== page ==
Though the massive initiative is estimated to cost Wycliffe nearly $1
billion over the next 10 years, the recent unexpected donation, which
was earmarked specifically for the campaign, could give the project the
kind of kick-start it needs for setting out to achieve its goal.
"People without a written language need one," wrote the anonymous donor. "Literacy is a key to helping people work their way out of poverty and to resist oppression by others. Children who first learn to read in their own language are more likely to become literate and to stay in school than those who first learn in a different language."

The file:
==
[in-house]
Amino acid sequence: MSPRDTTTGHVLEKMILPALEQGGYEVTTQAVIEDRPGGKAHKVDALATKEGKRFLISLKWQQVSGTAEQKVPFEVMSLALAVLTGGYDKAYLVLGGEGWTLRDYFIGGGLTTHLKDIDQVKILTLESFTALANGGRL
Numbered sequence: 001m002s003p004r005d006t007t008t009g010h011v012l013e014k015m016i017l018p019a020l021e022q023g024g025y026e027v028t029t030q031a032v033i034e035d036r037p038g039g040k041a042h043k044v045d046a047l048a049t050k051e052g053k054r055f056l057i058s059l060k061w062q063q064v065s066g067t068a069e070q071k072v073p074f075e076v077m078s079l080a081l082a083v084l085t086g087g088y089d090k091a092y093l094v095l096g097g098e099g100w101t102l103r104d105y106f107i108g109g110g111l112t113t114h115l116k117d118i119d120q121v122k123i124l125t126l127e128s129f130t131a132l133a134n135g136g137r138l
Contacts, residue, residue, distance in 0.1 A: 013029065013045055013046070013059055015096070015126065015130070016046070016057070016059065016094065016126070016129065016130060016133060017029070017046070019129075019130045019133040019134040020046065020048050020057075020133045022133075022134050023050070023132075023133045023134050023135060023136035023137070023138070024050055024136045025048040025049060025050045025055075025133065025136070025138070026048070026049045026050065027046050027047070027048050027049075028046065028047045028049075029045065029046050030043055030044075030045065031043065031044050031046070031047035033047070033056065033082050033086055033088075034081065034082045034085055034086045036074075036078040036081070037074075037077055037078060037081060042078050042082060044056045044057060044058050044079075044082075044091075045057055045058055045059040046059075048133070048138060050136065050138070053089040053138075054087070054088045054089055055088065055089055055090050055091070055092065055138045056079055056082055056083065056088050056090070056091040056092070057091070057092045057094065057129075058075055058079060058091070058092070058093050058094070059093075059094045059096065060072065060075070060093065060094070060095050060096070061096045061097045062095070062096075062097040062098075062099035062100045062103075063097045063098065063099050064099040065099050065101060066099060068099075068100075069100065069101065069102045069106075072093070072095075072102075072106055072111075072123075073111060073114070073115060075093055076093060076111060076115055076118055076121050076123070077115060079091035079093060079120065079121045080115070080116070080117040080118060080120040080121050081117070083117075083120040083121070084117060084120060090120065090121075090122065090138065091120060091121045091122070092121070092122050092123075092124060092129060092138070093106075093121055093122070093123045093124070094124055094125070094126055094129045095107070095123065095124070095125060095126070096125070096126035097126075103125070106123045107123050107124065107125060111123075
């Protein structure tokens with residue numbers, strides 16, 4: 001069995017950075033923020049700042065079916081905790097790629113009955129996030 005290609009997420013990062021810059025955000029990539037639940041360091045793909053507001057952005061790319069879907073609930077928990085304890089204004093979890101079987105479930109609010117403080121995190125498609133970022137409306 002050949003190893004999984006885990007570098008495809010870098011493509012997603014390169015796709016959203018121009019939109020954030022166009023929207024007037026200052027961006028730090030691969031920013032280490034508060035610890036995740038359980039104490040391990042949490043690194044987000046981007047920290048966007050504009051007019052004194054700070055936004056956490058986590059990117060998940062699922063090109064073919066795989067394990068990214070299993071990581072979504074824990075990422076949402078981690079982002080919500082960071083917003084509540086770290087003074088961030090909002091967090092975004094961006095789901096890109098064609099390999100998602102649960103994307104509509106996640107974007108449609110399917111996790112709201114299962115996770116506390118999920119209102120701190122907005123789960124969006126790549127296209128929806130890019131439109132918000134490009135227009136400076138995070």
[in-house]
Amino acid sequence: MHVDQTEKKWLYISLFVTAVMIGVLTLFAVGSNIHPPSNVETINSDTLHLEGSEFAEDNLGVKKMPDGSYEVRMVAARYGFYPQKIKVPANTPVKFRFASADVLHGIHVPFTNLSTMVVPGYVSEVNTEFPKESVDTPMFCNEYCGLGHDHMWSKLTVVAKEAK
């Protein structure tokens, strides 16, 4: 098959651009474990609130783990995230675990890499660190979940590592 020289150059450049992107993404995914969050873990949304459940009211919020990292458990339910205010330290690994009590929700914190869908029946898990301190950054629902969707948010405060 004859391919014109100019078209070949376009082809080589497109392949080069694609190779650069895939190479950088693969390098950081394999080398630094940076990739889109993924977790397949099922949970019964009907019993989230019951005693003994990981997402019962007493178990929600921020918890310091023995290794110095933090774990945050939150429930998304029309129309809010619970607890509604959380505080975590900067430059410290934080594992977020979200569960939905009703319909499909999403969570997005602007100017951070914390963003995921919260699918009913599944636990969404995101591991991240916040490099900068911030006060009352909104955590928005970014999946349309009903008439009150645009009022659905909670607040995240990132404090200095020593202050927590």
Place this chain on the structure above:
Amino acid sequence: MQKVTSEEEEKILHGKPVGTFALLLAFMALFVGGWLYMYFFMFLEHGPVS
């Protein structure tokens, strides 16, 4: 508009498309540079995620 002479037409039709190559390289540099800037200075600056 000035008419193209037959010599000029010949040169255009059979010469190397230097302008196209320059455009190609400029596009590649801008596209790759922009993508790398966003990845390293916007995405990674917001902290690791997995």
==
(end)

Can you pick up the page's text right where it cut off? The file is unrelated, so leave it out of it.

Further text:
Bob Creson, president of Orlando, Fla.-headquartered Wycliffe USA, praised the generous donor for taking what he said was "a bold step of faith" that would help the organization reach "more than 200 million people in Bibleless language communities with the life-changing message of the gospel."
Wycliffe works with thousands worldwide in translating what professionals call "the world's most effective missionary"—the Bible. Aside from learning to speak, write and eventually translate the native tongues of remote villagers worldwide, Bible translators stress the important communal side effects of maintaining a Bible-translation program, such as literacy, water-purifying systems, and AIDS and human rights education. [charismamag.com, 11/26/08]
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